March 13, 2020

Editorial

Does Ireland need a new St. Patrick?

Ireland seems to need a new St. Patrick.

According to the U.S. Census Bureau, 33 million Americans self-identify as Irish-Americans, descended from people who immigrated from the Emerald Isle. And on St. Patrick’s Day, next Tuesday, March 17, that number swells as many other Americans become Irish for a day.

St. Patrick converted Ireland to Catholicism in the fifth century. We don’t know the precise dates, but Patrick’s autobiographical Confessio tells us that he was a Roman-British youth who was kidnapped and taken to Ireland when he was 16. He managed to escape about six years later and made it back home. After being ordained a priest, he returned to Ireland as a missionary, became a bishop, and converted the people from a form of Celtic polytheism. There are many legends about the things he accomplished and miracles he performed.

Thereafter, most of the people of Ireland remained Catholic, often despite persecution and hardship. During the English Reformation under Queen Elizabeth I, the Church in England and Ireland broke away from the papacy, including all but two of the Irish bishops. But most of the clergy and laity remained Catholic.

It wasn’t until 1829 that Catholics, under the leadership of Daniel O’Connell, won their religious freedom when the Catholic Emancipation Act relieved Catholics of both England and Ireland of most of the civil disabilities to which they had been subject.

It was during the Irish potato famine when the Irish began to emigrate to America. A million people died in Ireland between 1845 and 1849 because of famine. After the famine, they continued to come to America.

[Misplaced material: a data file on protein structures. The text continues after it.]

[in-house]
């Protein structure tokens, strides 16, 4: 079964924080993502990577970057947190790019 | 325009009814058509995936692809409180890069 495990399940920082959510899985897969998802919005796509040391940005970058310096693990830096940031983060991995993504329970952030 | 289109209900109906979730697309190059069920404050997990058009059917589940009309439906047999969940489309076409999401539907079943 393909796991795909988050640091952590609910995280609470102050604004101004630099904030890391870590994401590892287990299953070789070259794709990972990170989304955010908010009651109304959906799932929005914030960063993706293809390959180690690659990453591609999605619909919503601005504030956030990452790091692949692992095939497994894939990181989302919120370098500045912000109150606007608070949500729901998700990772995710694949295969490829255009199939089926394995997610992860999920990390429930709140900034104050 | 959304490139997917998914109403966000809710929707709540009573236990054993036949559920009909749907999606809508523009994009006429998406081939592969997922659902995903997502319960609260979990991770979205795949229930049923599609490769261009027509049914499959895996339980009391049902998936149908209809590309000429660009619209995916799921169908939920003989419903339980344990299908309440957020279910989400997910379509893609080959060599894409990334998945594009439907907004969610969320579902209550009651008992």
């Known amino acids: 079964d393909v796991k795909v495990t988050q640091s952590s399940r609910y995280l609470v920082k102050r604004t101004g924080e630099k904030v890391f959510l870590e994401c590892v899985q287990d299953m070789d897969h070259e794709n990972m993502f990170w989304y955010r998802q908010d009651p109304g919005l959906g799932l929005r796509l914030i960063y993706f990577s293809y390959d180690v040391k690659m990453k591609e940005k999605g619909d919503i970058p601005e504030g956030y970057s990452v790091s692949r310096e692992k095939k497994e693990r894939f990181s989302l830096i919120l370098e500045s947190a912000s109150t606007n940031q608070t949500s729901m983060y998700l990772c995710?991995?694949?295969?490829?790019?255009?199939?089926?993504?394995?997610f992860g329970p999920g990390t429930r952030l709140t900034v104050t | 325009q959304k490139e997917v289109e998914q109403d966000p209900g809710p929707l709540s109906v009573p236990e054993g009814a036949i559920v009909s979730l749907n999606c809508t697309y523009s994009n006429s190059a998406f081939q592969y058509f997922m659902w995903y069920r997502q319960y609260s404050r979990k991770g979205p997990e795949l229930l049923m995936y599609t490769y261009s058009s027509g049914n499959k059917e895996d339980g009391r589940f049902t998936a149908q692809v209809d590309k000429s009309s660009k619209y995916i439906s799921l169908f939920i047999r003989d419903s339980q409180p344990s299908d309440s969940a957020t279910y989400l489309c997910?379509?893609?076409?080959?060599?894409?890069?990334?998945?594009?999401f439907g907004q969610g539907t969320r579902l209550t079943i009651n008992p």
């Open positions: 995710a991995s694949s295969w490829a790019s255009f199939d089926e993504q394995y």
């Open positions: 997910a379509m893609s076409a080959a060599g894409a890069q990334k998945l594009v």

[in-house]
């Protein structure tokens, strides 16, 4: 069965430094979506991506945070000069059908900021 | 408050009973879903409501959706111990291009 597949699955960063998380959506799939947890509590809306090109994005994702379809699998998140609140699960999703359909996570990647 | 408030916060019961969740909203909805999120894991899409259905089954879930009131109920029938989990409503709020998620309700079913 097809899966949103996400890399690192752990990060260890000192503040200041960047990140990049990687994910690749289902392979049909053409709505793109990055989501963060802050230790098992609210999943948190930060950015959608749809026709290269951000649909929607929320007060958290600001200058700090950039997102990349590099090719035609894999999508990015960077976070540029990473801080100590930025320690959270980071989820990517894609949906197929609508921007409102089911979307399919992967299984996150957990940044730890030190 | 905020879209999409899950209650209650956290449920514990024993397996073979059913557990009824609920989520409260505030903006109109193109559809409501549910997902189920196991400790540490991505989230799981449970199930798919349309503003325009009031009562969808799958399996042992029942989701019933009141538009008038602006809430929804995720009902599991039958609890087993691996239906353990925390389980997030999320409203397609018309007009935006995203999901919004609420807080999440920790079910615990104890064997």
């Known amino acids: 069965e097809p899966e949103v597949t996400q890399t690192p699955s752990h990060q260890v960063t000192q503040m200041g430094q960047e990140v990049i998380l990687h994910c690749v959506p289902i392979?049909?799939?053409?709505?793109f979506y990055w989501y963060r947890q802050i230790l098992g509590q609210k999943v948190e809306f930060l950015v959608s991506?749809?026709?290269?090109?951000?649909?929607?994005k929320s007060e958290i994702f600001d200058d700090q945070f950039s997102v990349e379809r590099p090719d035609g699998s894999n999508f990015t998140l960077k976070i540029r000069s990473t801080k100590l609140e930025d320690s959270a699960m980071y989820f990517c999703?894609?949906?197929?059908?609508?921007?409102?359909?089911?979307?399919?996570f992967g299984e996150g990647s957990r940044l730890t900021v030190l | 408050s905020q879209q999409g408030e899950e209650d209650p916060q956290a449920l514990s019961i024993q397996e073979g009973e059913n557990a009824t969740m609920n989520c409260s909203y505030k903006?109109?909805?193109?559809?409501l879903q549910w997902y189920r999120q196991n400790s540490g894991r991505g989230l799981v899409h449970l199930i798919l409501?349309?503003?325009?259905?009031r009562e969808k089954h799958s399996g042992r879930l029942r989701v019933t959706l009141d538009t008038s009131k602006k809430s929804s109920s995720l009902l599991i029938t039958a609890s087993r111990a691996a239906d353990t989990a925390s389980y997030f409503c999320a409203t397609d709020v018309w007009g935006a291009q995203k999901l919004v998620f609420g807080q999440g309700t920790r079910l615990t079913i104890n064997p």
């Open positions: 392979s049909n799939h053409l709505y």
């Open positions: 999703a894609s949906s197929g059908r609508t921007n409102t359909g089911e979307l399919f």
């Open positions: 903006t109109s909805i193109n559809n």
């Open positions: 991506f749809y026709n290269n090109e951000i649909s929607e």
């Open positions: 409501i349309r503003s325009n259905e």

The Irish war of independence lasted from 1919 to 1921. It ended with the creation of Northern Ireland in 1922, which remained part of Great Britain, and mostly Protestant.

Relations between Catholics and Protestants in Northern Ireland deteriorated and resulted in what was known as “the Troubles.” These lasted for 33 years, ending in 1998, and led to more than 3,500 deaths.

Today, though, there’s a possibility that unification between Northern Ireland and the Republic of Ireland could take place in the near future. That could be one of the results of Brexit, the vote in Britain to exit the European Union, but also the fact that the Sinn Fein party in Ireland got the largest share of first-place votes in the recent election. That party’s core objective, its manifesto says, “is to achieve Irish unity and the referendum on Unity which is the means to secure this.”

There’s also the fact that Catholicism has grown in Northern Ireland. An article in the British magazine The Economist reported, “The pressure for unification is about more than Brexit. Northern Ireland’s census in 2021 is likely to confirm that Catholics outnumber Protestants for the first time.”

But Catholicism in both Northern Ireland and the Republic of Ireland doesn’t play the same role today that it did in the past. After Ireland won its independence, the Catholic Church played a significant role, especially during the political leadership of Eamon de Valera. For example, divorce and remarriage was not permitted, and neither was abortion.

That didn’t last. When Ireland was partitioned in 1922, 92.6 percent of the south’s population was Catholic. That began to change by the 1960s. Today in the Republic of Ireland, according to the 2016 census, 78 percent of the population still identifies as Catholic.

That’s still better than every other country in Europe (except the Vatican and Poland), but surveys show that the Irish are not practicing their religion very well. Fewer than one in five Catholics attend Mass on any given weekend, and it is even less often among young people.

A poll by the Irish Times found that, not only do the majority of Irish Catholics not attend Mass weekly, but almost 62 percent reject key parts of Catholicism, such as transubstantiation.

In 2015, the Irish voted to approve same-sex marriage in a referendum, and in 2018, they voted to legalize abortion, both of which had previously been forbidden. That prompted Una Mullally, a journalist who writes for The Guardian, to say that “the fiction of Ireland as a conservative, dogmatically Catholic country has been shattered.”

Thus, it appears that Ireland needs a new St. Patrick.

—John F. Fink

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